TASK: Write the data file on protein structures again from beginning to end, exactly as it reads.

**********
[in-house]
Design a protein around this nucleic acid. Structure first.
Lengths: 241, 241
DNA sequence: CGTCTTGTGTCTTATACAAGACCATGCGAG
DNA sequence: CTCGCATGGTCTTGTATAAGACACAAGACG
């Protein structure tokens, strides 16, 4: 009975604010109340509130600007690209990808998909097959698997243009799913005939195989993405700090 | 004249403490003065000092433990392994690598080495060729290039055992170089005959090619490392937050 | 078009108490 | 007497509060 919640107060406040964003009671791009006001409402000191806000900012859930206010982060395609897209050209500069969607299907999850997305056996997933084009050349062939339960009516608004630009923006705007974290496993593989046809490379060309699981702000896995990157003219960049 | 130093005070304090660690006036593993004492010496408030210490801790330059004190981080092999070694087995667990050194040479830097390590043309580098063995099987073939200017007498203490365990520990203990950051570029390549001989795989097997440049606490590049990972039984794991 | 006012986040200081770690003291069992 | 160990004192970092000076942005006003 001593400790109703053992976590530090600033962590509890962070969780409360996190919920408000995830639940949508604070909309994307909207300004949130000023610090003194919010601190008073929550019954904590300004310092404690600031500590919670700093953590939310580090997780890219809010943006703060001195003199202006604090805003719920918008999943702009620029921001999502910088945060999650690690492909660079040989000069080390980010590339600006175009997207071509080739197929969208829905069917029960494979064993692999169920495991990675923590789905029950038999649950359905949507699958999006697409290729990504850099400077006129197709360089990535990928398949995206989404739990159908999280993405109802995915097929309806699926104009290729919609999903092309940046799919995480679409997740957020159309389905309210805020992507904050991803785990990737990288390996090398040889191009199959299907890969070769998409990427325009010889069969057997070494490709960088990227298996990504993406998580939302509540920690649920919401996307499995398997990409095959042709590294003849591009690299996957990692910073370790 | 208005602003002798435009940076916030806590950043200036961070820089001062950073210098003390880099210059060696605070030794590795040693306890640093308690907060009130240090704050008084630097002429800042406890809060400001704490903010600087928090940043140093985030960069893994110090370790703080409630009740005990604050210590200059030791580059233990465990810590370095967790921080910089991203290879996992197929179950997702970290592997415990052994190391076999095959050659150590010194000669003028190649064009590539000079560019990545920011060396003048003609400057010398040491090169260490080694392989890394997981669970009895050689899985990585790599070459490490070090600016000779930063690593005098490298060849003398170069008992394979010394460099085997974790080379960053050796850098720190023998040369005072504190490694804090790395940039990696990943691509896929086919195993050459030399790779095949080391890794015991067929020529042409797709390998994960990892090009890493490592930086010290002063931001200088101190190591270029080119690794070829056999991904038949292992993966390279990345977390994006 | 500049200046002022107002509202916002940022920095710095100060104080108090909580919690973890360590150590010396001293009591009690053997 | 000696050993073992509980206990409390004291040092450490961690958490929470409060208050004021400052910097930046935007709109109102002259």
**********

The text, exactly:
[in-house]
Design a protein around this nucleic acid. Structure first.
Lengths: 241, 241
DNA sequence: CGTCTTGTGTCTTATACAAGACCATGCGAG
DNA sequence: CTCGCATGGTCTTGTATAAGACACAAGACG
């Protein structure tokens, strides 16, 4: 009975604010109340509130600007690209990808998909097959698997243009799913005939195989993405700090 | 004249403490003065000092433990392994690598080495060729290039055992170089005959090619490392937050 | 078009108490 | 007497509060 919640107060406040964003009671791009006001409402000191806000900012859930206010982060395609897209050209500069969607299907999850997305056996997933084009050349062939339960009516608004630009923006705007974290496993593989046809490379060309699981702000896995990157003219960049 | 130093005070304090660690006036593993004492010496408030210490801790330059004190981080092999070694087995667990050194040479830097390590043309580098063995099987073939200017007498203490365990520990203990950051570029390549001989795989097997440049606490590049990972039984794991 | 006012986040200081770690003291069992 | 160990004192970092000076942005006003 001593400790109703053992976590530090600033962590509890962070969780409360996190919920408000995830639940949508604070909309994307909207300004949130000023610090003194919010601190008073929550019954904590300004310092404690600031500590919670700093953590939310580090997780890219809010943006703060001195003199202006604090805003719920918008999943702009620029921001999502910088945060999650690690492909660079040989000069080390980010590339600006175009997207071509080739197929969208829905069917029960494979064993692999169920495991990675923590789905029950038999649950359905949507699958999006697409290729990504850099400077006129197709360089990535990928398949995206989404739990159908999280993405109802995915097929309806699926104009290729919609999903092309940046799919995480679409997740957020159309389905309210805020992507904050991803785990990737990288390996090398040889191009199959299907890969070769998409990427325009010889069969057997070494490709960088990227298996990504993406998580939302509540920690649920919401996307499995398997990409095959042709590294003849591009690299996957990692910073370790 | 208005602003002798435009940076916030806590950043200036961070820089001062950073210098003390880099210059060696605070030794590795040693306890640093308690907060009130240090704050008084630097002429800042406890809060400001704490903010600087928090940043140093985030960069893994110090370790703080409630009740005990604050210590200059030791580059233990465990810590370095967790921080910089991203290879996992197929179950997702970290592997415990052994190391076999095959050659150590010194000669003028190649064009590539000079560019990545920011060396003048003609400057010398040491090169260490080694392989890394997981669970009895050689899985990585790599070459490490070090600016000779930063690593005098490298060849003398170069008992394979010394460099085997974790080379960053050796850098720190023998040369005072504190490694804090790395940039990696990943691509896929086919195993050459030399790779095949080391890794015991067929020529042409797709390998994960990892090009890493490592930086010290002063931001200088101190190591270029080119690794070829056999991904038949292992993966390279990345977390994006 | 500049200046002022107002509202916002940022920095710095100060104080108090909580919690973890360590150590010396001293009591009690053997 | 000696050993073992509980206990409390004291040092450490961690958490929470409060208050004021400052910097930046935007709109109102002259």